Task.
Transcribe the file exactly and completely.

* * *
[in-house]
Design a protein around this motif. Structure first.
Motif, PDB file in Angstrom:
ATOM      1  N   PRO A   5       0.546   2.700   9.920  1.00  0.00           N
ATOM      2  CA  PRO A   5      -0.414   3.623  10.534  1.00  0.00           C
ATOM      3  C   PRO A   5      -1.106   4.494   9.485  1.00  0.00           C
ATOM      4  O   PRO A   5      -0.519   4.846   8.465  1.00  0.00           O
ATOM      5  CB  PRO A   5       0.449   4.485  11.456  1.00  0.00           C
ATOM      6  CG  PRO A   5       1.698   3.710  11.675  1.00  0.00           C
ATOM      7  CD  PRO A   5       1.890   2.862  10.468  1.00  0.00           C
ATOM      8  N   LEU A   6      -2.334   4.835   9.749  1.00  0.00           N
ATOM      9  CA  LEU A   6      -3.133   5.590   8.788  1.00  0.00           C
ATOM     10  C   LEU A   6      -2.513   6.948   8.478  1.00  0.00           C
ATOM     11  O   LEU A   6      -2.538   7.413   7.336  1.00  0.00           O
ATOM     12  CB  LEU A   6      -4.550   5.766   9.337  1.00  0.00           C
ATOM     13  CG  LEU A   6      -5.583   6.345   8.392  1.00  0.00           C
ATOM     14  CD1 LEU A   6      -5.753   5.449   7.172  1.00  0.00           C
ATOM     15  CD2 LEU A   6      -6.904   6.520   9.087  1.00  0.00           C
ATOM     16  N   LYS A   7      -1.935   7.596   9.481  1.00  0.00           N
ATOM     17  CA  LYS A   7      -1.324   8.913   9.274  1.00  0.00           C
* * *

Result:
[in-house]
Design a protein around this motif. Structure first.
Motif, PDB file in Angstrom:
ATOM      1  N   PRO A   5       0.546   2.700   9.920  1.00  0.00           N
ATOM      2  CA  PRO A   5      -0.414   3.623  10.534  1.00  0.00           C
ATOM      3  C   PRO A   5      -1.106   4.494   9.485  1.00  0.00           C
ATOM      4  O   PRO A   5      -0.519   4.846   8.465  1.00  0.00           O
ATOM      5  CB  PRO A   5       0.449   4.485  11.456  1.00  0.00           C
ATOM      6  CG  PRO A   5       1.698   3.710  11.675  1.00  0.00           C
ATOM      7  CD  PRO A   5       1.890   2.862  10.468  1.00  0.00           C
ATOM      8  N   LEU A   6      -2.334   4.835   9.749  1.00  0.00           N
ATOM      9  CA  LEU A   6      -3.133   5.590   8.788  1.00  0.00           C
ATOM     10  C   LEU A   6      -2.513   6.948   8.478  1.00  0.00           C
ATOM     11  O   LEU A   6      -2.538   7.413   7.336  1.00  0.00           O
ATOM     12  CB  LEU A   6      -4.550   5.766   9.337  1.00  0.00           C
ATOM     13  CG  LEU A   6      -5.583   6.345   8.392  1.00  0.00           C
ATOM     14  CD1 LEU A   6      -5.753   5.449   7.172  1.00  0.00           C
ATOM     15  CD2 LEU A   6      -6.904   6.520   9.087  1.00  0.00           C
ATOM     16  N   LYS A   7      -1.935   7.596   9.481  1.00  0.00           N
ATOM     17  CA  LYS A   7      -1.324   8.913   9.274  1.00  0.00           C